Losing Control as a Person of Faith

I have always been a person who relies on routine to maintain a level of certainty and steadiness in the midst of life’s craziness. I am also a person of faith in Jesus. On the surface, the two don’t seem to mix, because it would seem that faith is embracing the unseen. The routine allows me to consistently feel connected to Him, often reinforcing my faith. But what happens when life becomes particularly crazy?

Despite living in a pandemic, my family has been exploring moving. Why not just let the crazy get a little crazier, right? We’ve looked at houses, gotten our house ready to sell, and now we’re just a few weeks from moving.

As the stay home orders in my state were issued back in March, I had several weeks of sleep debilitating anxiety, largely to the increased demands I was experiencing at my church. Then things leveled off and I felt normal. Until, last month. Again, sleep debilitating anxiety, mostly because I couldn’t get my mind to stop playing through all the worst-case scenarios of buying and selling a house.

Though the circumstances of moving and a pandemic are wholly different, the mind-racing outcome in my life is connected: I was losing control. And for me, as a consistent, routine-oriented person, control is what I need, or at least the feeling of it. I structure my life in order to have a feeling of control. How ironic that I cling to control and yet my vocation is helping people take steps of faith toward Jesus.

Here’s the big conclusion I’ve come to in trying to work through my struggle with losing control of certainty in my life: control is a myth!

Blaise Pascal, the scientist turned Christian apologist, describes the uneasiness we all live with:

“When I consider the short duration of my life, swallowed up in an eternity before and after, the little space I fill engulfed in the infinite immensity of spaces whereof I know nothing, and which know nothing of me, I am terrified…The eternal silence of these infinite spaces alarms me”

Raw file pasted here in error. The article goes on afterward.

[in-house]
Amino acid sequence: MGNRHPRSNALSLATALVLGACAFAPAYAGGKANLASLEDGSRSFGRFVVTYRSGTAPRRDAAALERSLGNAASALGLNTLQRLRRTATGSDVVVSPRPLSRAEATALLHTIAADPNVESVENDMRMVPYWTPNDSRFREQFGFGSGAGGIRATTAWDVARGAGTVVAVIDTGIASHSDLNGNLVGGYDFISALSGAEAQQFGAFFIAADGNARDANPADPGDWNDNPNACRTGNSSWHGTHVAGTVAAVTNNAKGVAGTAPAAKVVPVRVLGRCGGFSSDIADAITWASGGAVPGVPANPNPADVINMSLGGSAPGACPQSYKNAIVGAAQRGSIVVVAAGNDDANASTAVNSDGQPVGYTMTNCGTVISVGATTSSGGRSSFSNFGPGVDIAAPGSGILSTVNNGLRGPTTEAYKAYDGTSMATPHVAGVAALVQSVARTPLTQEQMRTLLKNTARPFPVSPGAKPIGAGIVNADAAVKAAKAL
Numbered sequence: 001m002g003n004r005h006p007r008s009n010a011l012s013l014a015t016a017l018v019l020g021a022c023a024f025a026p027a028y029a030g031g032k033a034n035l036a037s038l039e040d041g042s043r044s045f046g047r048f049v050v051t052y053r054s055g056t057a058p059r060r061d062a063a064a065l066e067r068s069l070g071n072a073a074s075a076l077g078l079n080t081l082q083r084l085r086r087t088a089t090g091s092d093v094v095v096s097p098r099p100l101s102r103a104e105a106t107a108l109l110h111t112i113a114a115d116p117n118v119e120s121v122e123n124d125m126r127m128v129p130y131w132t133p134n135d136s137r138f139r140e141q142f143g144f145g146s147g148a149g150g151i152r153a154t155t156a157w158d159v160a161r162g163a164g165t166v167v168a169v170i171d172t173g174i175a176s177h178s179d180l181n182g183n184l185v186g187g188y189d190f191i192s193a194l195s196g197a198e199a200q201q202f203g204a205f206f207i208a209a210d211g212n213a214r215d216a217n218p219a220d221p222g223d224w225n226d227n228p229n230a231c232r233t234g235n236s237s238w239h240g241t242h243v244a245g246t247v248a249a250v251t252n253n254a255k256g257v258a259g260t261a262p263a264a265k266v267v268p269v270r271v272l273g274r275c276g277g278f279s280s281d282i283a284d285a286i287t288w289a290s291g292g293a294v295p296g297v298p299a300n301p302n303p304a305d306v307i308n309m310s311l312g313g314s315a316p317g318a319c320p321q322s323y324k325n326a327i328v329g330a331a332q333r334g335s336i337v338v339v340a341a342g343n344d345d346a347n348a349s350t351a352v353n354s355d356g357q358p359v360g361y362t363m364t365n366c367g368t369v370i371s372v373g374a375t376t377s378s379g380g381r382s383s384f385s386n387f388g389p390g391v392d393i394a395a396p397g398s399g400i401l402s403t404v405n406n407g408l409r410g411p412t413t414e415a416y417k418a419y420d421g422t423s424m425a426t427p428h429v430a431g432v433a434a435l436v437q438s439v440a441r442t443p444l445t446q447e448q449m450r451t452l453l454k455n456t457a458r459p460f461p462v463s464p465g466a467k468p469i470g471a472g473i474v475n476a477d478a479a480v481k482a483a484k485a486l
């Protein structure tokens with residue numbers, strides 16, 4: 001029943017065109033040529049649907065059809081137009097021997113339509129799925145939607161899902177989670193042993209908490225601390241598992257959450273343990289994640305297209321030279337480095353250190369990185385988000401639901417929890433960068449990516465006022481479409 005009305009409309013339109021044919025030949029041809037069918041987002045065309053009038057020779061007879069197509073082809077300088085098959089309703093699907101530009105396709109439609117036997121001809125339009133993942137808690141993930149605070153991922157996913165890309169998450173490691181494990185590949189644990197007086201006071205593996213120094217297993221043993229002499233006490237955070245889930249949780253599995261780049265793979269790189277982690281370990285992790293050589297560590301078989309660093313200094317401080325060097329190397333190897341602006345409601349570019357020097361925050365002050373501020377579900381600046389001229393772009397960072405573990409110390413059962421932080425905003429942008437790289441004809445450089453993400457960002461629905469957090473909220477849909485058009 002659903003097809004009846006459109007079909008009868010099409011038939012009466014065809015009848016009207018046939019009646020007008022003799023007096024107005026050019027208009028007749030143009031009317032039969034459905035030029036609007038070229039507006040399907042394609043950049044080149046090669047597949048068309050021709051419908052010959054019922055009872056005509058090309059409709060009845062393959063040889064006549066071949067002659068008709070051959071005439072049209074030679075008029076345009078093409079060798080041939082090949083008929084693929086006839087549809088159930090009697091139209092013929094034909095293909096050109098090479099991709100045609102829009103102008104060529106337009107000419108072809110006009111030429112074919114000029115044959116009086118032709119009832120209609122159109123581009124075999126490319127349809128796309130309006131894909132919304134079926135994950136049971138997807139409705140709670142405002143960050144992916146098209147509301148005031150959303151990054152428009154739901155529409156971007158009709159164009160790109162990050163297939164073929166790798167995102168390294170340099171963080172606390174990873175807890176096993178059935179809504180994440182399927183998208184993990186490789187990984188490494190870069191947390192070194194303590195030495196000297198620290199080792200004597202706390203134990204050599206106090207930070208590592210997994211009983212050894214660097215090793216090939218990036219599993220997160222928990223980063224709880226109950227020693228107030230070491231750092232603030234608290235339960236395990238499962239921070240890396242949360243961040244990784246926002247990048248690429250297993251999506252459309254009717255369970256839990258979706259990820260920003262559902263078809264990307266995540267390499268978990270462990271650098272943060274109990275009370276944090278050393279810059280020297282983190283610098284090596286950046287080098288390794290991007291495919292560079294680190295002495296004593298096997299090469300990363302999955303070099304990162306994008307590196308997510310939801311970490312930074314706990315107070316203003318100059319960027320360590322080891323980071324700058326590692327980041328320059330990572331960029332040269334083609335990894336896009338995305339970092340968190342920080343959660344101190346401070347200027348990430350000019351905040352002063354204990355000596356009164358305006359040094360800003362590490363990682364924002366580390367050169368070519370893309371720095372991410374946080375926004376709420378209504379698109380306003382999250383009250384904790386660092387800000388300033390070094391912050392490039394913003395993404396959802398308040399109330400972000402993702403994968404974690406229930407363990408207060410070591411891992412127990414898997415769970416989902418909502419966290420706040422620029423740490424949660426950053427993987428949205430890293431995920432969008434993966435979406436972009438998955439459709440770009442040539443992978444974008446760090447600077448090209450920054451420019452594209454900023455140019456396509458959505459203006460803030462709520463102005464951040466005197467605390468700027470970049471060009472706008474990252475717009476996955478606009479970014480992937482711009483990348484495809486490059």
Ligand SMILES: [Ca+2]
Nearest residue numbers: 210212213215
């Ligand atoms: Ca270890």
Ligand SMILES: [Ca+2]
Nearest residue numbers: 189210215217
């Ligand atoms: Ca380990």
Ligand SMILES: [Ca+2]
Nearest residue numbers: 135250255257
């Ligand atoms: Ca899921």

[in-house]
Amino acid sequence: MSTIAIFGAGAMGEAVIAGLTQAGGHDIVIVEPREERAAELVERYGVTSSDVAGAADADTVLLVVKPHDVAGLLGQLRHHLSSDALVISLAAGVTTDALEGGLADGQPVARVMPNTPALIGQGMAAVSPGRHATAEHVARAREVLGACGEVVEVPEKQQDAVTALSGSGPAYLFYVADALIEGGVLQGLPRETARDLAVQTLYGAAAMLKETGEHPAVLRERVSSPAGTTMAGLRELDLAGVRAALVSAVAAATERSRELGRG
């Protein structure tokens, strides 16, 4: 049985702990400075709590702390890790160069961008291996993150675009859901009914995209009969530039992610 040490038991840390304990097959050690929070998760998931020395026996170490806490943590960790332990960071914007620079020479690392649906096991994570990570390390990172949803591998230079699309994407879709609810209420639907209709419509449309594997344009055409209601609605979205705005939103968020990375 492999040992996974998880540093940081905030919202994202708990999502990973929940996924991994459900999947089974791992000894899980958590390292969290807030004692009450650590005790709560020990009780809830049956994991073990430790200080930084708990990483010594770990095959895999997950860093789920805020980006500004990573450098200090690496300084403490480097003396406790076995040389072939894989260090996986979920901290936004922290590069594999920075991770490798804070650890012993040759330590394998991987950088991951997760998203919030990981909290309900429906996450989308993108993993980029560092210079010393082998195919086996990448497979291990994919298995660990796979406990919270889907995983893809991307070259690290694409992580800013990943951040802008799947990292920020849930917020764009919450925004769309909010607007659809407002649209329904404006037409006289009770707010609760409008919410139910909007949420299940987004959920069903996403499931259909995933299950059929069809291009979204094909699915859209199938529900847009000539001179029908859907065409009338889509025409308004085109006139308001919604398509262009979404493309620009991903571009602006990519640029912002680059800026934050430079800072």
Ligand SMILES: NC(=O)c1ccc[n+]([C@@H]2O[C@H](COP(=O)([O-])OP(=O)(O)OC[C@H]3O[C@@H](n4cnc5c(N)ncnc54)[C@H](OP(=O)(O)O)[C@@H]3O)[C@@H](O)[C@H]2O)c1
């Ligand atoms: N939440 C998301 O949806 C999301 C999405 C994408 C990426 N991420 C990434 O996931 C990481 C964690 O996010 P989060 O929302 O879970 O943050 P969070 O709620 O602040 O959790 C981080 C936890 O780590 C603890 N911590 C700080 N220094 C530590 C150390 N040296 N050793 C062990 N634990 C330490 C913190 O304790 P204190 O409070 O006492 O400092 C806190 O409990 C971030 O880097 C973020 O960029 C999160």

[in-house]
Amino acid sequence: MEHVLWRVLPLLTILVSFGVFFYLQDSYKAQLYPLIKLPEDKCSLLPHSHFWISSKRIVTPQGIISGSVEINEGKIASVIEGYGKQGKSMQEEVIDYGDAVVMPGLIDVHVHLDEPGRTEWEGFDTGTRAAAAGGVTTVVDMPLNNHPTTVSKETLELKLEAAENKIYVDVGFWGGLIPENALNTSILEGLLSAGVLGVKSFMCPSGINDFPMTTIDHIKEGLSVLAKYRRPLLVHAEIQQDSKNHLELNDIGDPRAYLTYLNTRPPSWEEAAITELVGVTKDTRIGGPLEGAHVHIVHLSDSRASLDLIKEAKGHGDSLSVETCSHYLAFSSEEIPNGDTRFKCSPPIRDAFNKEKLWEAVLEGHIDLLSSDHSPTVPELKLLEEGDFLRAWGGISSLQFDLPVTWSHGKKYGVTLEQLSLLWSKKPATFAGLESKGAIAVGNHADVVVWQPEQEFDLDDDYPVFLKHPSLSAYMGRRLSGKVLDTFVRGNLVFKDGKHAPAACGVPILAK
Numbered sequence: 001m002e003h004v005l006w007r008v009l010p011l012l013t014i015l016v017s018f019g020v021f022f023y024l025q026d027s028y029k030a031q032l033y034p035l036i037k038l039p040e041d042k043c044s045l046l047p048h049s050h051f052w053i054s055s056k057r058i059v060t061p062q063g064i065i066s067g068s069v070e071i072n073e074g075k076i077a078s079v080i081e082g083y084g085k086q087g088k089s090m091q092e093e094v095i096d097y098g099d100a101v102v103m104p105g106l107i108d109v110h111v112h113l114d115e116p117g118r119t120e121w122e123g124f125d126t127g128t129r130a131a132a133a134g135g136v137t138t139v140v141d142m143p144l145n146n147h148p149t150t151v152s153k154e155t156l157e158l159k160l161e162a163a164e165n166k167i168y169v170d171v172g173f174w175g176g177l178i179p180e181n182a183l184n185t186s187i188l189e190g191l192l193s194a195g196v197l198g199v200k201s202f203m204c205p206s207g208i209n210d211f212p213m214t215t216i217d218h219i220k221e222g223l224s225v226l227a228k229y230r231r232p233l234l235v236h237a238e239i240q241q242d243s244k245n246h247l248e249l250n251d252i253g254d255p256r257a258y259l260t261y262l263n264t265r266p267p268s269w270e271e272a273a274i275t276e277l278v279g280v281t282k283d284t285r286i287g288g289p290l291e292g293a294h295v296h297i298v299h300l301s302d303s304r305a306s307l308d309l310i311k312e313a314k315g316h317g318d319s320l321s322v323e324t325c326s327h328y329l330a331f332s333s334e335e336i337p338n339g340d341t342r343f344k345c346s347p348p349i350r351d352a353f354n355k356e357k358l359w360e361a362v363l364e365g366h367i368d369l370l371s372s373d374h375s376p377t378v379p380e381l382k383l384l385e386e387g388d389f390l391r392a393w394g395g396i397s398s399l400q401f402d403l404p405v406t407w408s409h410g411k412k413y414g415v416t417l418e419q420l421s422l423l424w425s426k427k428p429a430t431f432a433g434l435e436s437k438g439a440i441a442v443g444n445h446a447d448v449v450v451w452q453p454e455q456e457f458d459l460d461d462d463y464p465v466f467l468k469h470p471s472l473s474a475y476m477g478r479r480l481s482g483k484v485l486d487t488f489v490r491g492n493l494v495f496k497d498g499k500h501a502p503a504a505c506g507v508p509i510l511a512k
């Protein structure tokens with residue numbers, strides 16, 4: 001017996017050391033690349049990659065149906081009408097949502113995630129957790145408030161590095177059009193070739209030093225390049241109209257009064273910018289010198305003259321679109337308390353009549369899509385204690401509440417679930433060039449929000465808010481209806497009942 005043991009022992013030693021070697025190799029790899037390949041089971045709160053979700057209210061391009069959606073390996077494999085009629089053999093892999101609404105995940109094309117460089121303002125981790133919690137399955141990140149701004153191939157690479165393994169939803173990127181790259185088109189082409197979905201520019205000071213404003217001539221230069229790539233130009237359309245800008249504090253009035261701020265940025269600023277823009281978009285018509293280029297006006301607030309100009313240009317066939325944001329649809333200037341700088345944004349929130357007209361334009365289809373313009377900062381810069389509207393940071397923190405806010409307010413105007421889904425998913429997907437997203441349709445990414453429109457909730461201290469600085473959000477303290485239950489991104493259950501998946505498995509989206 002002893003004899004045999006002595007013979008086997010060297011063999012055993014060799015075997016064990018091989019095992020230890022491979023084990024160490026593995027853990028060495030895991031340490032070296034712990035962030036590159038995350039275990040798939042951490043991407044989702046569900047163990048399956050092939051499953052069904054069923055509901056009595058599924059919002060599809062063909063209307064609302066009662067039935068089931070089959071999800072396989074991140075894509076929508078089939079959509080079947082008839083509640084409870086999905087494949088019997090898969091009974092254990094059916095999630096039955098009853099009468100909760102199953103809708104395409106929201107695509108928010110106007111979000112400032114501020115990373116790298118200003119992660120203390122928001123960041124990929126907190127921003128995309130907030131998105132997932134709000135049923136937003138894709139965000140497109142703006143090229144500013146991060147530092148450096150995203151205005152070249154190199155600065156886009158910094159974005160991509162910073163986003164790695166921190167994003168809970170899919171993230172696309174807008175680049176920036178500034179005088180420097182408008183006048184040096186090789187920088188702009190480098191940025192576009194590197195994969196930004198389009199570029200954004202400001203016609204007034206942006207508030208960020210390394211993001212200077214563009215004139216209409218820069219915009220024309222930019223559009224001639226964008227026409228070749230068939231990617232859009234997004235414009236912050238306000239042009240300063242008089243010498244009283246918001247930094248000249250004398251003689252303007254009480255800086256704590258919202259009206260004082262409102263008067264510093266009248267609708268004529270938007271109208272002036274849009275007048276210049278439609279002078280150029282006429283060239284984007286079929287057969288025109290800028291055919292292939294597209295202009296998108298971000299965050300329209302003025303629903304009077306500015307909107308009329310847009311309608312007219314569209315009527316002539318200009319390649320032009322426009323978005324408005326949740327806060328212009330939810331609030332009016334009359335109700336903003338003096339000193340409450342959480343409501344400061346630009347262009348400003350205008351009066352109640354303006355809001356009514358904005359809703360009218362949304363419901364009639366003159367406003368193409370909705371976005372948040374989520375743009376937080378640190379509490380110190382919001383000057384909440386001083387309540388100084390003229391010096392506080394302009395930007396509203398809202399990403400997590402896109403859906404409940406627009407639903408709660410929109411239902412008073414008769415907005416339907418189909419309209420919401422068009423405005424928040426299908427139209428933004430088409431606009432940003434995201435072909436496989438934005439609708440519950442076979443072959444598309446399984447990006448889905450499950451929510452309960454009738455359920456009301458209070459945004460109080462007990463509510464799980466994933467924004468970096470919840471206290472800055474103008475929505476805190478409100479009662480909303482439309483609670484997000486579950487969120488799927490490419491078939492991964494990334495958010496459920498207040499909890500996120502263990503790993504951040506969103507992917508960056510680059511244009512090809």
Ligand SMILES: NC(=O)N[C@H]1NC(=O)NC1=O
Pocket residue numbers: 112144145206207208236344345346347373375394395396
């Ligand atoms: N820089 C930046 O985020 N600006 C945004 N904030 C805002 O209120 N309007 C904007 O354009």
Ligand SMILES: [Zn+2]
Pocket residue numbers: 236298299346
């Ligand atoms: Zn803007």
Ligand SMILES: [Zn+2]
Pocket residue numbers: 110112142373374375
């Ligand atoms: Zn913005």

(Pascal, Thoughts, 28)

What Pascal is pushing toward is the fear we all have of uncertainty. I may have faith in Jesus, but every human has faith. Or better said, every person places their hope somewhere. Why? Because with so much uncertainty we naturally try to find answers that provide a more foundational understanding of life.

In earning several degrees my sense of knowledge actually decreased instead of increasing. You might think that my time spent studying and learning would give me a greater sense of my own abilities to know and learn, but in fact, the opposite happened. As I learned I became more aware of how much I didn’t know. I think living in our age of technology and scientific achievement paints a similar picture: we still don’t know much.

In these pandemic times, many have looked to science to find answers, and while science gives us clues about how best to respond, a mutating virus does not make concrete answers possible. Even the things meant to provide answers don’t fulfill. Walker Percy describes this well:

“You live in a deranged age—more deranged than usual, because despite great scientific and technological advances, man has not the faintest idea of who he is or what he is doing.”

Control is a myth. Even the best of science and technology has not been able to keep a virus from tearing apart every seemingly stable area of our lives. Back in the early days of Covid restrictions I posted Psalm 91, as a timely work of God’s sheltering presence in the midst of uncertainty. Here’s a brief section:

If you say, “The Lord is my refuge,”
    and you make the Most High your dwelling,
no harm will overtake you,
    no disaster will come near your tent.

Psalm 91:9-10

I don’t have simple answers for helping you release control. If I had the answers I could write this in past tense instead of present. But no, this is my current reality—desiring for something I cannot obtain: control. What I do have is God’s Word that reminds us of the certainty of His activity and presence in our lives. I’ll put my faith in Him.